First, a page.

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  11. writer2b

    I’m a good reader and a good speller. I’ve always attributed it to reading a lot…. Good question!

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  12. Maree

    I’m a good speller. I have to be, for my job. As for words I don’t know; I don’t strike those very often. But when it’s a real doozy, it’ll stop me for a while. I’m not usually inspired to look it up, because I find that, what happens, is that it comes up in some other context, with meaning.
    If that makes sense …

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  13. Nithin

    I try to figure out the meaning, but if I can’t I’ll usually ignore the word and continue reading. Occasionally I do look up the word on the computer, but owing to my laziness, that’s pretty rare.

    That’s an interesting question you’ve asked. I’m good at spellings and hate seeing a word misspelled. My only problem with spellings is with words that are spelled differently in British and American English. At school we encouraged to use British spellings and now in college most of our textbooks use American, so I always feel confused when I have to write a word that is spelled differently in these two forms of English.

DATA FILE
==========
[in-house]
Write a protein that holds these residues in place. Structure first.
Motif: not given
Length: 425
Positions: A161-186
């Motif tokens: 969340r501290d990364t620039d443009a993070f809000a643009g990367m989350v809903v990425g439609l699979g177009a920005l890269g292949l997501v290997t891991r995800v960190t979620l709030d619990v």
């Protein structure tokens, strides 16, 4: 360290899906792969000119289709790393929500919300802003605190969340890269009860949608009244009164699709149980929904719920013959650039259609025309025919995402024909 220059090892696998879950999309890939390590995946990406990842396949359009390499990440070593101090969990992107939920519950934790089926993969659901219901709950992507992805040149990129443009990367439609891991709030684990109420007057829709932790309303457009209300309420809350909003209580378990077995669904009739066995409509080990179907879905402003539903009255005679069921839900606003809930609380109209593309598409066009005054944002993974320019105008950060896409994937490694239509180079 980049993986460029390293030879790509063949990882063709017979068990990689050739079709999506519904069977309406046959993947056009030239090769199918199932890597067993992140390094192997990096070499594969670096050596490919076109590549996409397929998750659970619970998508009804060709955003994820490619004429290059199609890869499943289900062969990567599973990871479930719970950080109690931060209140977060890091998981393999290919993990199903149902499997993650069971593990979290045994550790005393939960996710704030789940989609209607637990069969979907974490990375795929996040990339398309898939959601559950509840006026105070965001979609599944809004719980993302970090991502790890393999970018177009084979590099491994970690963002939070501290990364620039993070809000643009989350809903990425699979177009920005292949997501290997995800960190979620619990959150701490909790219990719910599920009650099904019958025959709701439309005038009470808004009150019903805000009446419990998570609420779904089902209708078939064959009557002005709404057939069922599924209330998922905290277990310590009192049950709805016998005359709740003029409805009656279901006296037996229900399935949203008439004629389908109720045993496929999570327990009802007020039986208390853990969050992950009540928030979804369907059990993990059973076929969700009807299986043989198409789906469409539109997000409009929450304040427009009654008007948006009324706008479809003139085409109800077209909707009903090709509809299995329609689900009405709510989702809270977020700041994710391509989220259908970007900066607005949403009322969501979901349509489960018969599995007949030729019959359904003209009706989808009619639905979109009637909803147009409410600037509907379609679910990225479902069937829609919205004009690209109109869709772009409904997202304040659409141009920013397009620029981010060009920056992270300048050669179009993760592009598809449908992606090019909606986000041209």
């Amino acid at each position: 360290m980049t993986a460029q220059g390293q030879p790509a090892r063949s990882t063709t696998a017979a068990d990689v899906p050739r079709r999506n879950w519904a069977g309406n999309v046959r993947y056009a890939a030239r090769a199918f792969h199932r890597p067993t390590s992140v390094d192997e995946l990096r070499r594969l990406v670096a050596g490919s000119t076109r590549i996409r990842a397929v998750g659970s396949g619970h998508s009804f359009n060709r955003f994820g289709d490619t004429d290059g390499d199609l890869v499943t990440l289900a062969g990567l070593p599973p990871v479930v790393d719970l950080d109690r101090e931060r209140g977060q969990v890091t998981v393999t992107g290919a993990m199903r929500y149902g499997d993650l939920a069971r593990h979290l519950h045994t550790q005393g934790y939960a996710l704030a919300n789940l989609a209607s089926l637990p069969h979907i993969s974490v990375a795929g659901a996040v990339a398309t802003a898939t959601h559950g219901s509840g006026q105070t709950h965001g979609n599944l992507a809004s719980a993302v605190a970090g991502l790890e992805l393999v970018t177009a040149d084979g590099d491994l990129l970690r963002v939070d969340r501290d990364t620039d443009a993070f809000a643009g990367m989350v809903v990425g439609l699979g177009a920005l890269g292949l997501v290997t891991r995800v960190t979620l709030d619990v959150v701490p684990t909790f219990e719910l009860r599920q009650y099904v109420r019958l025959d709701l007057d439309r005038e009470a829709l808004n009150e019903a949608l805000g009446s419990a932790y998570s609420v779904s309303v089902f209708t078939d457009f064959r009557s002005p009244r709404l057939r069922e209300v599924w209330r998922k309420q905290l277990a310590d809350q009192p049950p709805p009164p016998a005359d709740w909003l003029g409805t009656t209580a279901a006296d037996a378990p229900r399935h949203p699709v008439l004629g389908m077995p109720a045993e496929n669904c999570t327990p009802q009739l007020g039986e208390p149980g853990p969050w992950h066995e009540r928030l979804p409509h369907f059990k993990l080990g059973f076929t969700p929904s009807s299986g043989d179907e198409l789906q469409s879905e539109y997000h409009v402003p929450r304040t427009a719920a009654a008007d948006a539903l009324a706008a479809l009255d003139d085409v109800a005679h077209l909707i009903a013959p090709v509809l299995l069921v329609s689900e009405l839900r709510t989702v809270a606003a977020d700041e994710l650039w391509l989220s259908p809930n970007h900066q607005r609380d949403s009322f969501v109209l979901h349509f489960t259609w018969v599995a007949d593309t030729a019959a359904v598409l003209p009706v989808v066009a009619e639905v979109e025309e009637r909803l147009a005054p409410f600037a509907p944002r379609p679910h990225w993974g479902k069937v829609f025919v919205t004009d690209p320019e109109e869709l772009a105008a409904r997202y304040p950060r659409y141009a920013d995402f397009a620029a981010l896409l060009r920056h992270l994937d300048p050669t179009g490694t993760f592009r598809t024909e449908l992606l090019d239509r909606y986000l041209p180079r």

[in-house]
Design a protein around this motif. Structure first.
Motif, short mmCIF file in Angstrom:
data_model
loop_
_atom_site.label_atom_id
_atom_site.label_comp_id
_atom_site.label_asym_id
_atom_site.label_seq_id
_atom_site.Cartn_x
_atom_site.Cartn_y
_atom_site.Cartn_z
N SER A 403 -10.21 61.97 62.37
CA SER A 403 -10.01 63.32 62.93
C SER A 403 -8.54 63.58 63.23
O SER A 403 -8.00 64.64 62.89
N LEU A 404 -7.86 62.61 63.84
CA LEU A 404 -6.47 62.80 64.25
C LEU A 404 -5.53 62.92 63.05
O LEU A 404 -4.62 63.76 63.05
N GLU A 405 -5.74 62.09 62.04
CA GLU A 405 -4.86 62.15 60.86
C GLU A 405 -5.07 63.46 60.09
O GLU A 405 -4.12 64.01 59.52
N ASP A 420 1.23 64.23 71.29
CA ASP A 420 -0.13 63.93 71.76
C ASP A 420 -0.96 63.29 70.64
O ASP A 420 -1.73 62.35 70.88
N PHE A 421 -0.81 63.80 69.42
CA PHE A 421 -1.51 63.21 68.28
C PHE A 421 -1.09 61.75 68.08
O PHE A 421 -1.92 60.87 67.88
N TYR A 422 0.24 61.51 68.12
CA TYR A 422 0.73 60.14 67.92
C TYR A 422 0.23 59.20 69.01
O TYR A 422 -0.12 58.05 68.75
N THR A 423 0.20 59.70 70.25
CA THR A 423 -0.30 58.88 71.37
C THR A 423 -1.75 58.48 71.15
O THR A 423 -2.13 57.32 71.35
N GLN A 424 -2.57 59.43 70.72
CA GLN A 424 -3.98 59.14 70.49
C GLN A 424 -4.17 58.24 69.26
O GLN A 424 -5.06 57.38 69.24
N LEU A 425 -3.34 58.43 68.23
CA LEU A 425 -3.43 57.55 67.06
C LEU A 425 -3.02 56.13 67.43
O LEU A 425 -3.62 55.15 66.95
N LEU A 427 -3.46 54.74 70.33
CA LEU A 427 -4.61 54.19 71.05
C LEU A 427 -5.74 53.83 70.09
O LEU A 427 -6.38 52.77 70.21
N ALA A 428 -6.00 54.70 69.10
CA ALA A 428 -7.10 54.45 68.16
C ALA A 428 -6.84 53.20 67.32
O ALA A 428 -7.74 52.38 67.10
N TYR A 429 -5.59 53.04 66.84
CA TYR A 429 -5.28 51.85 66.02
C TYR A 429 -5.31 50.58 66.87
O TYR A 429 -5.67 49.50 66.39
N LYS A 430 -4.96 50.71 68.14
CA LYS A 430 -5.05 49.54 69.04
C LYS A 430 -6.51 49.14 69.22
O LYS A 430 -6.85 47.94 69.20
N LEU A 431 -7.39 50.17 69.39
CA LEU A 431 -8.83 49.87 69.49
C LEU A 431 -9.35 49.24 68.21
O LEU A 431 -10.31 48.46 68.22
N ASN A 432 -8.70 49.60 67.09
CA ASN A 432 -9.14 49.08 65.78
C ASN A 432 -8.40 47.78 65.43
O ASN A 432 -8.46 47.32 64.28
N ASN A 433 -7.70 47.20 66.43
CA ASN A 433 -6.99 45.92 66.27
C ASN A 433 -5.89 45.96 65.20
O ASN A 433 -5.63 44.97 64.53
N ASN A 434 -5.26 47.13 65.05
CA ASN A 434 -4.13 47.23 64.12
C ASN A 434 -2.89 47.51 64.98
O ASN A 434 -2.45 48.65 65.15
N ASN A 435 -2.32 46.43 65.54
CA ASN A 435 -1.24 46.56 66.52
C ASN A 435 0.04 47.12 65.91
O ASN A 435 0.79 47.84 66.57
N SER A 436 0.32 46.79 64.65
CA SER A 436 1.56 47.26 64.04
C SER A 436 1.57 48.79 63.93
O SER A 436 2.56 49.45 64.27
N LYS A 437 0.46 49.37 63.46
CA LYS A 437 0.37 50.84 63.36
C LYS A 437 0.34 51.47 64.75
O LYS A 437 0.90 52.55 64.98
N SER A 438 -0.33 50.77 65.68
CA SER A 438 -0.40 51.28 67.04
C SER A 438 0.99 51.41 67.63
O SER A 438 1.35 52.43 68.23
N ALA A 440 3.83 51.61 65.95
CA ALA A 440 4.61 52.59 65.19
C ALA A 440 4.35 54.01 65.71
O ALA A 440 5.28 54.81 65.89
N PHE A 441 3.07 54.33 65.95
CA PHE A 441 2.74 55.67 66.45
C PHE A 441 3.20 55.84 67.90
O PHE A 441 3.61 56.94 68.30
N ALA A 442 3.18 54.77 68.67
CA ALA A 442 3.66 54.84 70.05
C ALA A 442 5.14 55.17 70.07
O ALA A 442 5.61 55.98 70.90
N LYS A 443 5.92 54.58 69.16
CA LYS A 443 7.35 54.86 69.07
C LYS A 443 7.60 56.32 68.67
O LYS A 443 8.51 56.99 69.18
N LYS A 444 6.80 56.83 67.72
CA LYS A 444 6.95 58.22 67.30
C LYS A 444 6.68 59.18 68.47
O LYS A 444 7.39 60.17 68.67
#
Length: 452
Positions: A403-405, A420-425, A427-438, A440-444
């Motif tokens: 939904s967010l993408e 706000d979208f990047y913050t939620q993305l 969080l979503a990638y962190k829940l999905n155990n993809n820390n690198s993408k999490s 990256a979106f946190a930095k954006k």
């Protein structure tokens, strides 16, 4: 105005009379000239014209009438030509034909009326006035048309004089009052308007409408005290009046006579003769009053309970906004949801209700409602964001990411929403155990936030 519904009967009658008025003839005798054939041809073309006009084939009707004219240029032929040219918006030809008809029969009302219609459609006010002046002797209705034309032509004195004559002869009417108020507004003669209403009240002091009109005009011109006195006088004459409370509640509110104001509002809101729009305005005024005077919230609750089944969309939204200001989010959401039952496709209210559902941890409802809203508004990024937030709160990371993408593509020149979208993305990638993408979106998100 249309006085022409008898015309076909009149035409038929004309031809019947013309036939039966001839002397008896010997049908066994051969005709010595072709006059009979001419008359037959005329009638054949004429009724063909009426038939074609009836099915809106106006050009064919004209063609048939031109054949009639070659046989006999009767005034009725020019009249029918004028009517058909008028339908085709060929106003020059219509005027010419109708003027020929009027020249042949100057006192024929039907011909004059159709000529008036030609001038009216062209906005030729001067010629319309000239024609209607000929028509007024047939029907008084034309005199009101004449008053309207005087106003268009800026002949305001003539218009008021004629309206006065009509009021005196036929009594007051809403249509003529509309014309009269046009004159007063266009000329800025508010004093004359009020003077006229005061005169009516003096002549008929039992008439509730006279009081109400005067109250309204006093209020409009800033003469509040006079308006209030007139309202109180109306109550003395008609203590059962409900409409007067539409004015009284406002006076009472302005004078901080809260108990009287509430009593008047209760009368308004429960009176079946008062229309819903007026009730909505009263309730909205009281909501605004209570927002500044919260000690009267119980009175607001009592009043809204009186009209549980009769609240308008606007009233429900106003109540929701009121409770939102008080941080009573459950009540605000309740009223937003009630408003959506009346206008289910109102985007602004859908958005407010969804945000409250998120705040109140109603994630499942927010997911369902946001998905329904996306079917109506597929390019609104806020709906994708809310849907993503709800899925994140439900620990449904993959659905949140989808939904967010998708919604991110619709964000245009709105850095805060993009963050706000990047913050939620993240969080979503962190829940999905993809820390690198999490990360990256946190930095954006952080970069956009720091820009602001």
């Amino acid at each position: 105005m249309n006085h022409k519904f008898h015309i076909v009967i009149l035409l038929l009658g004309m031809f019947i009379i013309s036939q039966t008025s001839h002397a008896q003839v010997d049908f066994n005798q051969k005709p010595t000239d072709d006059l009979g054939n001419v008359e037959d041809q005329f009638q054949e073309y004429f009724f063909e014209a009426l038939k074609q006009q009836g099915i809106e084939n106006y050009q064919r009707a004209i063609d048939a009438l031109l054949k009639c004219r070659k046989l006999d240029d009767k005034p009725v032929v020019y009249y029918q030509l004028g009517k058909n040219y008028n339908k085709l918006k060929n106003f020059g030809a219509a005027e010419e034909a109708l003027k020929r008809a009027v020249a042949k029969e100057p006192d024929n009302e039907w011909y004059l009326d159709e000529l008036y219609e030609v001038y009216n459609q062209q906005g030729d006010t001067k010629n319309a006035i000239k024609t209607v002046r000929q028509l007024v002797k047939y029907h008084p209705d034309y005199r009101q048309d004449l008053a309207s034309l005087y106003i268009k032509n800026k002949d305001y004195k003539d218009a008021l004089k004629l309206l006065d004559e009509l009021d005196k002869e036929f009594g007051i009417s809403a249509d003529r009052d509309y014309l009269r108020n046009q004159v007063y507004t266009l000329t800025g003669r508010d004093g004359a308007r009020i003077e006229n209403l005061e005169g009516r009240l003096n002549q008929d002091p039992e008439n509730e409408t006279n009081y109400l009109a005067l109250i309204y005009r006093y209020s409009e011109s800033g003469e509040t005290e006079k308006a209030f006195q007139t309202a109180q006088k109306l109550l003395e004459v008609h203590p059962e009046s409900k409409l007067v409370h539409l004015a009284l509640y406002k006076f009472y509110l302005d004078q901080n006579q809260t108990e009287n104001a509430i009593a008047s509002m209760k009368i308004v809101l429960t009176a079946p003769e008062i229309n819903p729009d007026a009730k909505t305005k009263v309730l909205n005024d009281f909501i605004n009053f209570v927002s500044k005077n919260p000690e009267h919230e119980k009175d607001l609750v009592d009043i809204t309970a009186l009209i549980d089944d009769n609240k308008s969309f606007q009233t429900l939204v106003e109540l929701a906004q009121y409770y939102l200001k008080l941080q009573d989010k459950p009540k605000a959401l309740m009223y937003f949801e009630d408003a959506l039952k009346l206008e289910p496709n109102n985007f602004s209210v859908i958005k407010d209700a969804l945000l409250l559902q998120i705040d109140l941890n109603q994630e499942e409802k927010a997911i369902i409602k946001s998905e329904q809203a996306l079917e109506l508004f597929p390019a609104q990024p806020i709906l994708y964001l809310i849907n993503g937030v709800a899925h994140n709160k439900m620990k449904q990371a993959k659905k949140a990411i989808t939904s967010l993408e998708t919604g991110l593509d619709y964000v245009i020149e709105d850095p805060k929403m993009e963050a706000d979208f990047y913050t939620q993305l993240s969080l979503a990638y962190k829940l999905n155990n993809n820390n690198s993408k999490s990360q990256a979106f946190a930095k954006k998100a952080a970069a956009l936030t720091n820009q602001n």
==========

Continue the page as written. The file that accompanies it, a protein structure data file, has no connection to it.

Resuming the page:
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  14. Chris@bookarama

    I’m fairly good at spelling but there are words I didn’t know I was spelling wrong until SpellCheck. Then there is the whole American/British/Canadian spelling rules thing. Ack!

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  15. thatsthebook

    I am a terrible speller. I feel bad using msn and know I’m spelling something wrong. Ugh, I wish I was a better speller.

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  16. Ravenous Reader

    I’m a ravenous reader (have been since the age of three) and a very good speller. But I don’t think it always goes hand in hand.

    I don’t spell phonetically, but photographically – in other words, I see the word in my head before I spell it.

    Hmm…that begs another question, doesn’t it? How do you spell?

    [That’s a good question…I don’t spell phonetically or photographically; the words just make sense to me. It’s more of a feeling than anything else, as strange as that sounds. –trish]

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  17. Alix

    I am a terrible speller. I don’t think being avid reader (which I am) helps that much with spelling. Once you can read a word you only need to see the first letter and the basic shape (like that fun email that dies the round on the internet). I blame my spelling problems on my school – phonics were out the window when I was leaning so was grammar. So apologies for any mistakes.